I believe that to break the cycle of poverty, we must break the cycle at some point and paying a living wage is as good a place to start as any. Workers can improve their job skills ad infinitum and not improve their personal situations if the jobs are not there. On the other hand, a living wage can lead to the belief that the worker has achieved something worth working hard to keep. I believe that the living wage is a goal worth pursuing and an experiment worth trying.

Skin in the game

Round 4 wheel configuration on the U.S. versio...

Image via Wikipedia

Some of the pundits on the Right now claim that the poor don’t pay their share of income taxes and thus don’t have any skin in the game, as they call exposure to our tax system. What they conveniently overlook is that the poor must pay payroll taxes, no matter their income level, and payroll taxes are severely regressive. If the pundits on the Right are serious about the poor paying income tax, they should support an immediate doubling of the minimum wage. Let the poor earn sufficient income to maintain a decent standard of living and they will be able to afford paying an income tax and will then have some skin in the game. That is why I support a living wage.

Borrow and spend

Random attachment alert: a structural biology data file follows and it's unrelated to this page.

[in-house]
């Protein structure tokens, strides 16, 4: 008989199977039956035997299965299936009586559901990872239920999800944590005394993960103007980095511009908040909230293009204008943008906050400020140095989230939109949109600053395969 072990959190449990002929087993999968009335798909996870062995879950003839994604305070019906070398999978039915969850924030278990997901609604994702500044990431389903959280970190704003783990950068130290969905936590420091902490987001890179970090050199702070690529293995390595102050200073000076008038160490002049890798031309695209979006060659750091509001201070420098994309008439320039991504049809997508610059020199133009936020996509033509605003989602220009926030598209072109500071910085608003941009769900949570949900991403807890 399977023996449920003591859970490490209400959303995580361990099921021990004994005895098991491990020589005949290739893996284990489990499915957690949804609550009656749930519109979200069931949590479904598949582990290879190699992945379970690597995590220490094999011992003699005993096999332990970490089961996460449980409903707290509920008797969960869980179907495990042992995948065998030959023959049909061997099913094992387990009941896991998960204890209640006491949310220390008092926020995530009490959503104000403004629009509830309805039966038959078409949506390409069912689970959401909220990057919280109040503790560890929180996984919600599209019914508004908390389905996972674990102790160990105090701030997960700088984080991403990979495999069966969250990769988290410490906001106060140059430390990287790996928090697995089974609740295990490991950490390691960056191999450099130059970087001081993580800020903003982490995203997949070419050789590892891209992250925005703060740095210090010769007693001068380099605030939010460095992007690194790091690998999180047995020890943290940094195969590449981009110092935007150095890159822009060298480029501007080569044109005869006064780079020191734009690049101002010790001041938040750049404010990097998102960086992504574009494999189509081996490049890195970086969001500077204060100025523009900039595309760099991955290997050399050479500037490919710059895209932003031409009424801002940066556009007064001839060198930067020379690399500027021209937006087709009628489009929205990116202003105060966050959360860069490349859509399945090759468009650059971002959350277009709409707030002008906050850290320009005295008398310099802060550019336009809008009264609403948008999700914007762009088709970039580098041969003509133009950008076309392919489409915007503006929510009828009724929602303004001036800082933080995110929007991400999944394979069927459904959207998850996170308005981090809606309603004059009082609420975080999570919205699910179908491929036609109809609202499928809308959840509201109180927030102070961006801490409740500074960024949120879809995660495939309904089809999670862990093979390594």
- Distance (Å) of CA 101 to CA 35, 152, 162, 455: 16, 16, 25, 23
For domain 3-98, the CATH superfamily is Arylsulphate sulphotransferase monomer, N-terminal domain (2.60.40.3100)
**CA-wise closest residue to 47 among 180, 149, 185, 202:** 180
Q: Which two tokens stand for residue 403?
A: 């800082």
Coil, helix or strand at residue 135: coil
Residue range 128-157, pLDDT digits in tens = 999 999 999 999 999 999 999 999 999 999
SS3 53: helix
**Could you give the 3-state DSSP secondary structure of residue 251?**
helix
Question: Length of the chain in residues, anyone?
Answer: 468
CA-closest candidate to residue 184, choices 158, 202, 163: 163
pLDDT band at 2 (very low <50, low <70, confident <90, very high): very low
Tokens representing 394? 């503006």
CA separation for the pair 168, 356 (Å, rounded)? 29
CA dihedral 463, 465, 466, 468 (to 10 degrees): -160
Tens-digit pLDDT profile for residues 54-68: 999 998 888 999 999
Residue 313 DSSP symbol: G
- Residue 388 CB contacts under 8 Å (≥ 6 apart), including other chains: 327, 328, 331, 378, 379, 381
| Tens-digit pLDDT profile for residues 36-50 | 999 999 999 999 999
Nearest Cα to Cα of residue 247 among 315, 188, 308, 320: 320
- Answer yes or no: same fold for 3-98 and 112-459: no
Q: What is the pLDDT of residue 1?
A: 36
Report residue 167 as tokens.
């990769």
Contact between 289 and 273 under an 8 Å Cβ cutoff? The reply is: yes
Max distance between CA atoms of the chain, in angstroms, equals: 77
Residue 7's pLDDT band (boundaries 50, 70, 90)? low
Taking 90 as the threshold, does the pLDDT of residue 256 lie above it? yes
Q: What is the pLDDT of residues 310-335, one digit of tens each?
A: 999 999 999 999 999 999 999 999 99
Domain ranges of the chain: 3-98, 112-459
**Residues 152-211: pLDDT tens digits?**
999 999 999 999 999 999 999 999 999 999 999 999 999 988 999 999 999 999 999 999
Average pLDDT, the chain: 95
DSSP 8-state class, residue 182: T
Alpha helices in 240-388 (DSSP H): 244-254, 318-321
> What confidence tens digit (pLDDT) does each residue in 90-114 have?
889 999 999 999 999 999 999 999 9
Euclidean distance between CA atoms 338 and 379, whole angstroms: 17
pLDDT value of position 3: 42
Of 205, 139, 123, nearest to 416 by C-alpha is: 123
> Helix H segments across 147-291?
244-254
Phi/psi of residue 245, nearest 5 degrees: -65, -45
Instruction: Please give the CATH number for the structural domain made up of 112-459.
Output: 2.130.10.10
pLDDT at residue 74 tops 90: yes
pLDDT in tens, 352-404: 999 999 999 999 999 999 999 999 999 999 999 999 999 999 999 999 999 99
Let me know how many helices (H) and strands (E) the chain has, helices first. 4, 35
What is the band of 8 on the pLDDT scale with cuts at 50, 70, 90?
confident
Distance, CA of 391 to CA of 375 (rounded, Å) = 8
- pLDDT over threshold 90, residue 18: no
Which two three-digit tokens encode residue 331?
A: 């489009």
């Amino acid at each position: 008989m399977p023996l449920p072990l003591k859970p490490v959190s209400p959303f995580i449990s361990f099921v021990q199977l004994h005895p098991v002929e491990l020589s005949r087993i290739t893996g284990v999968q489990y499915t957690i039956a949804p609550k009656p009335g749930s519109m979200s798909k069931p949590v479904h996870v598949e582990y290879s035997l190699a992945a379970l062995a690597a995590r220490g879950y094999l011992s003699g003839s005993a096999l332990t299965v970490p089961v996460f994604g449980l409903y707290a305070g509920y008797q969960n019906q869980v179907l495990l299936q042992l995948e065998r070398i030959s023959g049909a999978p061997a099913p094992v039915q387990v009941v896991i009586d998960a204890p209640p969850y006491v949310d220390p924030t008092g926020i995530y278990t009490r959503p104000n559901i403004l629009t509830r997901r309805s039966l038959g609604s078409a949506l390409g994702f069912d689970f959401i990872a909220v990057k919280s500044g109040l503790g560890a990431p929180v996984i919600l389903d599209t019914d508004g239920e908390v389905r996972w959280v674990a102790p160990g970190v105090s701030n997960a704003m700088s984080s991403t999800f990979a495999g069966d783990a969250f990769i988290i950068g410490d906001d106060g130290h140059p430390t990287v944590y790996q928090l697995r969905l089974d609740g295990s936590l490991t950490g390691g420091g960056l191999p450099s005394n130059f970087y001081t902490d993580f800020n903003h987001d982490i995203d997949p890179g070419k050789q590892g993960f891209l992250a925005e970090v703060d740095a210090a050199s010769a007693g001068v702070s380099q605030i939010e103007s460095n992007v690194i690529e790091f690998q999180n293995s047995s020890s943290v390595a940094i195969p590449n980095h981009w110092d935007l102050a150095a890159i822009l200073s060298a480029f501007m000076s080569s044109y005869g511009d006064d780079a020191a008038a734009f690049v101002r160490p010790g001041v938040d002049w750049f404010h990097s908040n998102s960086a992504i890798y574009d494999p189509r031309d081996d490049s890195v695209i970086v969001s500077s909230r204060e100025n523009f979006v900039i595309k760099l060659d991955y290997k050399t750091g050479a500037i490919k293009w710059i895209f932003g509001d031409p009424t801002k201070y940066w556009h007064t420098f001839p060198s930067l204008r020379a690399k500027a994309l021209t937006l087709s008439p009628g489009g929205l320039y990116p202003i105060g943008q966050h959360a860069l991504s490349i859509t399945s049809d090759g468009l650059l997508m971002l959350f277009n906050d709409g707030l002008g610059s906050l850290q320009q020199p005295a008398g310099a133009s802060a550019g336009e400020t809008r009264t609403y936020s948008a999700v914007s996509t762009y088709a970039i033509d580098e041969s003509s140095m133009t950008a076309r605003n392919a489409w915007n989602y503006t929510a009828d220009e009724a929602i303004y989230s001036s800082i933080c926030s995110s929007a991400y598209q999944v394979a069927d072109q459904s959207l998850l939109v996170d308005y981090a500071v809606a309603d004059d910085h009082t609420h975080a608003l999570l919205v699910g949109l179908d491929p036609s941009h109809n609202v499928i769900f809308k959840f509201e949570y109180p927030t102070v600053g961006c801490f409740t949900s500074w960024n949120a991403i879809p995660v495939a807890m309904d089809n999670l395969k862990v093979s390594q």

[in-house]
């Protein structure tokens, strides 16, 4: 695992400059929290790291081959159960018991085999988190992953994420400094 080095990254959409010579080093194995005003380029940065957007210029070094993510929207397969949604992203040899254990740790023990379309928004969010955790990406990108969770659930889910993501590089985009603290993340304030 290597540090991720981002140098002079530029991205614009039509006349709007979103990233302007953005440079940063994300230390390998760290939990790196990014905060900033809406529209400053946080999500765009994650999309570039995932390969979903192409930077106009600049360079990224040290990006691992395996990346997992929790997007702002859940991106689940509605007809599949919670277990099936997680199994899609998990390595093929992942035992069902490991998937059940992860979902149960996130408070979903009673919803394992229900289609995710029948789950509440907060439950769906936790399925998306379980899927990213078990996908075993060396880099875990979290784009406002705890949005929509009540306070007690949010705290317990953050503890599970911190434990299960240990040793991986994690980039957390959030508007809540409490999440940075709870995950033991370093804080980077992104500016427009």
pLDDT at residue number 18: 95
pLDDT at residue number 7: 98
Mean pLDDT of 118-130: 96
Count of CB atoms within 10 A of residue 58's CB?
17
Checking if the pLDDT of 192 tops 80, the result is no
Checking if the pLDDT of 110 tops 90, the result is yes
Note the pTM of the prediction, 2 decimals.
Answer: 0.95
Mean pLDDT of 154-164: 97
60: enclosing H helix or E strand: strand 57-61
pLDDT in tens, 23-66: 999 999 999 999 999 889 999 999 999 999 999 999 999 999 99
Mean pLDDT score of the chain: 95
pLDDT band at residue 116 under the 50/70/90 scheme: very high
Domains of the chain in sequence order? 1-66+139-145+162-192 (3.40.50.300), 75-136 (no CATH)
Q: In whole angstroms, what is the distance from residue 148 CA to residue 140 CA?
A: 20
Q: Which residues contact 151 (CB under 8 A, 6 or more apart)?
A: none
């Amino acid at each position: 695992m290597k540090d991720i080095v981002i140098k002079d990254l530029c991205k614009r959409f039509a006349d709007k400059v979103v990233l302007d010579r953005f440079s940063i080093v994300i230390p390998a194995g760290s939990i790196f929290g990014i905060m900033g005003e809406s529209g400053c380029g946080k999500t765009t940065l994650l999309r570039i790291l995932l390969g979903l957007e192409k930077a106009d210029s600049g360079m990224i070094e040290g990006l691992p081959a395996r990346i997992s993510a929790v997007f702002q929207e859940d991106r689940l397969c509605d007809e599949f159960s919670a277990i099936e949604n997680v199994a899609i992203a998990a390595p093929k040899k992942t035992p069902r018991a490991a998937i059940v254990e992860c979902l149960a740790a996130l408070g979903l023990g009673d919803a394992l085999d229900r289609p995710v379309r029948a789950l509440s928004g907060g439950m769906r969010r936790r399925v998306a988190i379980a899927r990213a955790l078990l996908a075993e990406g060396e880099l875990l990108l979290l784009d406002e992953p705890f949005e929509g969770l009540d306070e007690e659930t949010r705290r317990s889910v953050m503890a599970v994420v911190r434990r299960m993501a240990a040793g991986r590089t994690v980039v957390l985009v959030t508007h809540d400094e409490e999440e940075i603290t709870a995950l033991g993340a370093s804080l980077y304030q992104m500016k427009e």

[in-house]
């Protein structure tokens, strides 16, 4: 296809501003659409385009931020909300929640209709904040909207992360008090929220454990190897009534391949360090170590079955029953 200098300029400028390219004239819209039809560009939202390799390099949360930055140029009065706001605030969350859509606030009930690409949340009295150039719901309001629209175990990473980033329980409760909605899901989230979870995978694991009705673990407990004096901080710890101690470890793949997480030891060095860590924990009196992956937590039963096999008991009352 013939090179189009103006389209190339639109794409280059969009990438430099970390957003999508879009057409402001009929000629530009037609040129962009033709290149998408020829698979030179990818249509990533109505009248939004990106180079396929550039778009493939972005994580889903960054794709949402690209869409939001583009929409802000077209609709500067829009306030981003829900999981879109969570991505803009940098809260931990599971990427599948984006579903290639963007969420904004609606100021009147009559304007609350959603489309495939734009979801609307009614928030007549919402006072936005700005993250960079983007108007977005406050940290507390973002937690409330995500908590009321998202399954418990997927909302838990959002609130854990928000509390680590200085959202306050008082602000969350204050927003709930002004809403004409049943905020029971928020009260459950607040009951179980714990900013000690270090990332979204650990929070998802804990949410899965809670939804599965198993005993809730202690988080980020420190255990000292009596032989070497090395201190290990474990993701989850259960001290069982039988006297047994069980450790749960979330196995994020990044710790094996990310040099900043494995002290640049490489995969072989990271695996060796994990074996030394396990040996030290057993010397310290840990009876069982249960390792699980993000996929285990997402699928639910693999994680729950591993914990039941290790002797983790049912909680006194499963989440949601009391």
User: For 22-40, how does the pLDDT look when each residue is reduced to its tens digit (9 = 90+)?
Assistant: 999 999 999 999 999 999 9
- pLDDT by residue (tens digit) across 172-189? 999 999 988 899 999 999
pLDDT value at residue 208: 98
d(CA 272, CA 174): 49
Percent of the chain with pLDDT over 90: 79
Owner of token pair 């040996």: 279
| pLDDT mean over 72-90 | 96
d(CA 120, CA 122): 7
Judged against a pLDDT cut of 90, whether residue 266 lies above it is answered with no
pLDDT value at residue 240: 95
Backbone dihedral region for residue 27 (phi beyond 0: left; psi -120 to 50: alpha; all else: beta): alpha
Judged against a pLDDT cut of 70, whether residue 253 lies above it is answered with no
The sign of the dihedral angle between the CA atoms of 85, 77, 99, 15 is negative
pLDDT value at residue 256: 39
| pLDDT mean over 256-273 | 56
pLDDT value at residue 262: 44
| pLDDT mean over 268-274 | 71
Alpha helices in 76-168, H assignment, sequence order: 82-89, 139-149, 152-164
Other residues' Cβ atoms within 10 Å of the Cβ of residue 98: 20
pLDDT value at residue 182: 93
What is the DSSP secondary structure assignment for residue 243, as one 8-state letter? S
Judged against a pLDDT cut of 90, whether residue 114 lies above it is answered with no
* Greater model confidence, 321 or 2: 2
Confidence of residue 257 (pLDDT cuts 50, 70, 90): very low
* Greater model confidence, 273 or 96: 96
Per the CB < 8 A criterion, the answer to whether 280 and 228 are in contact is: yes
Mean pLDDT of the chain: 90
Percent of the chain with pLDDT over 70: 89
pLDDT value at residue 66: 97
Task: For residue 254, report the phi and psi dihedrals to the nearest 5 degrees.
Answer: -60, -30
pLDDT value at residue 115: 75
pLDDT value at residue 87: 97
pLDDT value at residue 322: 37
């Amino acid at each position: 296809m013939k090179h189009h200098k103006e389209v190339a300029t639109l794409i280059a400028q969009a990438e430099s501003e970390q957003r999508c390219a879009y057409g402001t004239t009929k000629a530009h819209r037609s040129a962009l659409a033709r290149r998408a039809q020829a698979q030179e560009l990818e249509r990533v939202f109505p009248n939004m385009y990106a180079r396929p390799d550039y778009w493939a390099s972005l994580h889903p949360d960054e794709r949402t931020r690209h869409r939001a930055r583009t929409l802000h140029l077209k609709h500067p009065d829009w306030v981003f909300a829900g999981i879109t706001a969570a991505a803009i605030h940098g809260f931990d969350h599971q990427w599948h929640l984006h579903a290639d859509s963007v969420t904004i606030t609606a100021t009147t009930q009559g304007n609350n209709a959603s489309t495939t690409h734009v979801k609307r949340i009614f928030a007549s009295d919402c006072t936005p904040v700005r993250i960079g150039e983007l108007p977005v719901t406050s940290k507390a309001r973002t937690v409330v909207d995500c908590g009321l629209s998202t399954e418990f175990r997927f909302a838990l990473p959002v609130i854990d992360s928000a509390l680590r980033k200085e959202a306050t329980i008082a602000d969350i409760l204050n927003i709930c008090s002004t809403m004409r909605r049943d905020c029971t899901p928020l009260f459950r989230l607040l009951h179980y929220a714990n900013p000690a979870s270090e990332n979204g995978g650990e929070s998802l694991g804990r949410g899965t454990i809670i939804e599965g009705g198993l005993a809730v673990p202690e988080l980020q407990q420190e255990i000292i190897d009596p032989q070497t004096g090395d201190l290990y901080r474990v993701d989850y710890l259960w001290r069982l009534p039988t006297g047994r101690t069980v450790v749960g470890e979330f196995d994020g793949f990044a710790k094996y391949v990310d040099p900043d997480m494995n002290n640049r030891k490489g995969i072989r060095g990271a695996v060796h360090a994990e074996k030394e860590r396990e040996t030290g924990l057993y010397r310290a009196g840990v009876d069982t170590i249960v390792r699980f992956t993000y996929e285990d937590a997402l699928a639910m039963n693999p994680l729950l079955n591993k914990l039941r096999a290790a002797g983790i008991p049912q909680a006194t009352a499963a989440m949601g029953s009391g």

French Finance Minister Christine Lagarde (L) ...

Image via Wikipedia

Borrow until you are bankrupt. That’s a policy that individuals can adopt, but nations cannot. There is the International Monetary Fund (IMF) that acts like a global enforcement agency, compelling spendthrift nations to tighten their belts to receive loans. The IMF enforces the Washington Consensus that free markets and global trade are good. Not everyone agrees with the Washington Consensus, but as it is the policy of the world’s only superpower, smaller nations have few other options. It’s similar to the influence that individuals have within the US to influence our economic policy. When times are tough, it is the little guy who must tighten his/her belt the most. This is true within the US and also abroad thanks to the enforcement efforts of the IMF. Eventually, the IMF will attempt to direct US internal economic policy, but that time has not yet come. Rather the GOP has adopted the policies of the IMF and is now acting as its surrogate.

As I see it, our best chance of avoiding the attention of the IMF and the GOP is to grow our economy to reduce the deficit while putting people back to work in jobs that pay a living wage. We should enact higher taxes on unearned income and at least temporarily act to reduce imports from China and elsewhere through tariff and quota mechanisms. This is the route we took when we were a fledgling industrial nation, and it is the way all successful industrial nations currently structure their economies. The US is viewed by the world as the world’s ultimate consumer, a dumping ground for the world’s over-production of goods and services. US consumers no longer have the purchasing power to be the world’s consumers of last resort.